Lartey (15-2-1, 7KO) is best known for taking another Olympic boxer the full eight rounds in his last ring appearance, disrupting Errol Spence's knockout streak although dropping a wide decision last October. Whle Spence was a 1st round knockout winner in another show on Friday evening, Lartey was once again standing tall against a former decorated amateur boxer. 

Diaz eventually took the lead, but never seemed in full control of the fight. The unbeaten welterweight was the superior boxer of the two, but at 5'5" - very short for the super lightweight and welterweight divisions where he spends his time - found himself in an inside fight more often than should have been the case.

Scores were 77-75 across the board - one card in favor of Lartey, though overruled by matching cards in favor of Diaz, who improves to 15-0 (8KO). The welterweight looks to be a work in progess, but at 30 years old will have to step up the pace on that front. 

The feature attraction of the evening saw local welterweight Sammy Vasquez bring the crowd and a lot of pain. The unbeaten knockout artist scored three knockdowns en route to a 1st round stoppage of unbeaten but overmatched Juan Rodriguez Jr.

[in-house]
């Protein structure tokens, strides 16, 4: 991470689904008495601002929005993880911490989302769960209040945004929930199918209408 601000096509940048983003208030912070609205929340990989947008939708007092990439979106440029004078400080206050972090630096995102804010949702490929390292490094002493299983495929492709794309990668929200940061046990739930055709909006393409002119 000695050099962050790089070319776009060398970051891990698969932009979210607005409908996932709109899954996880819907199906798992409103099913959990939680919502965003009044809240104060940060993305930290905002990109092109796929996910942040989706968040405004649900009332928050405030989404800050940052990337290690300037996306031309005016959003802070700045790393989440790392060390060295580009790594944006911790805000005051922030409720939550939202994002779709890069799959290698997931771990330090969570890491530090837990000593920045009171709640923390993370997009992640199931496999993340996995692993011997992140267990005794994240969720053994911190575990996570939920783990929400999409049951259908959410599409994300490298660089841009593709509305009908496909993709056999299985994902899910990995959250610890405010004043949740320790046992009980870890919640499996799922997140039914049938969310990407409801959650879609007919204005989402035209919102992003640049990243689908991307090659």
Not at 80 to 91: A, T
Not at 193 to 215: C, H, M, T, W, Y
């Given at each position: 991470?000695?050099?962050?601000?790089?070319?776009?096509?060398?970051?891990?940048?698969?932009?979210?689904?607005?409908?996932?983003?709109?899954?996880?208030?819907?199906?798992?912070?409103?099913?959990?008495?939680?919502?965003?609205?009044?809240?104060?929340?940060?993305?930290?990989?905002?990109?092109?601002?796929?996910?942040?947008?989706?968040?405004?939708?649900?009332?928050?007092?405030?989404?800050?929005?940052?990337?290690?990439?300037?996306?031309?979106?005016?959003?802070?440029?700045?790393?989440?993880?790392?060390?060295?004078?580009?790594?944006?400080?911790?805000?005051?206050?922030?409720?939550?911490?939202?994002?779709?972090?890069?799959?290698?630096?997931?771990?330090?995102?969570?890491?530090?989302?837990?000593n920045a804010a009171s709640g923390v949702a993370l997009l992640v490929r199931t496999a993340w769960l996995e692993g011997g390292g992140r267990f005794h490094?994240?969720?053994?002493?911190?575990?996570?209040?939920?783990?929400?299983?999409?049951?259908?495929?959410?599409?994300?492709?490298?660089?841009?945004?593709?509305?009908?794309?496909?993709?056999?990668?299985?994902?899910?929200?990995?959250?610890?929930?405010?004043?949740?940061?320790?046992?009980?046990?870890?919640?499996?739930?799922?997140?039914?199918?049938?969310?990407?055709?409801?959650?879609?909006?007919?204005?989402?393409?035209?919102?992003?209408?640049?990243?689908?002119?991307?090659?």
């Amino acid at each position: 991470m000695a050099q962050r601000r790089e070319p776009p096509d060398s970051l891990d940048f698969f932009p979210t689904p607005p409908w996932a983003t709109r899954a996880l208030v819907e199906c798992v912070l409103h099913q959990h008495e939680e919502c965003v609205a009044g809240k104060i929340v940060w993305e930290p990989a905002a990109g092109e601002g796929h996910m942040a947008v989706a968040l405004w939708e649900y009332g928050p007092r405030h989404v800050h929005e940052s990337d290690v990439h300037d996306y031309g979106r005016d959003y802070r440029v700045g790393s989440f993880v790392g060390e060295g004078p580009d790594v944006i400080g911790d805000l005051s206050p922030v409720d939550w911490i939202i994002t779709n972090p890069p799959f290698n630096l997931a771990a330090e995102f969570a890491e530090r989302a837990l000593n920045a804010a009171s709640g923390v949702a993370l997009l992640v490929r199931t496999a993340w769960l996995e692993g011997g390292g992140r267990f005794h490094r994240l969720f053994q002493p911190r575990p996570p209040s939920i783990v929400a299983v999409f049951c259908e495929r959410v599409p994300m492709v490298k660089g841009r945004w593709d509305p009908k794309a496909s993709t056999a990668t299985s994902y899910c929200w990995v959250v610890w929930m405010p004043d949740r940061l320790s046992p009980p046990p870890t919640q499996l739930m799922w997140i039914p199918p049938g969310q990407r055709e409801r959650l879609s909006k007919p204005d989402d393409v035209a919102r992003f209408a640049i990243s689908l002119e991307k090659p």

Vasquez - a decorated military veteran who served two tours of duty overseas in Iraq - didn't waste any time gunning for the knockout. A huge admirer of Tyson the fighter, Vasquez impressed his promoter and former baddest man on the planet, dropping Rodriguez seconds into the fight.

The evening jumped off from there, as fans were on the edge of their seats in anticipation of a spectacular finish. Vasquez didn't disappoint. A vicious body attack paved the way for the second knockdown midway through the fight. The Monessen (PA) native was persistent in his attack, with a volley of power punches sending Rodriguez Jr. to the canvas for a third and final time, bringing an end to the fight.

The official time was 2:49 of round one. 

Vasquez improves to 14-0 (10KO) with the win, his second since signing with Iron Mike Productions earlier this year. Rodriguez Jr. suffers his firsr pro loss, falling to 11-1 (5KO).

Vasquez' involvement on the show prompting the Armed Forces Network to pick up the live feed, allowing over 1 million military members to tune in around the world. 

Off-TV, teenage sensation Erickson Lubin remains perfect as a pro after scoring a 2nd round knockout of Jovan Ramirez (3-2, 0KO). Lubin needed just three minutes and 18 seconds to get his work done, giving him barely 15 minutes worth of ring action through five fights as a pro.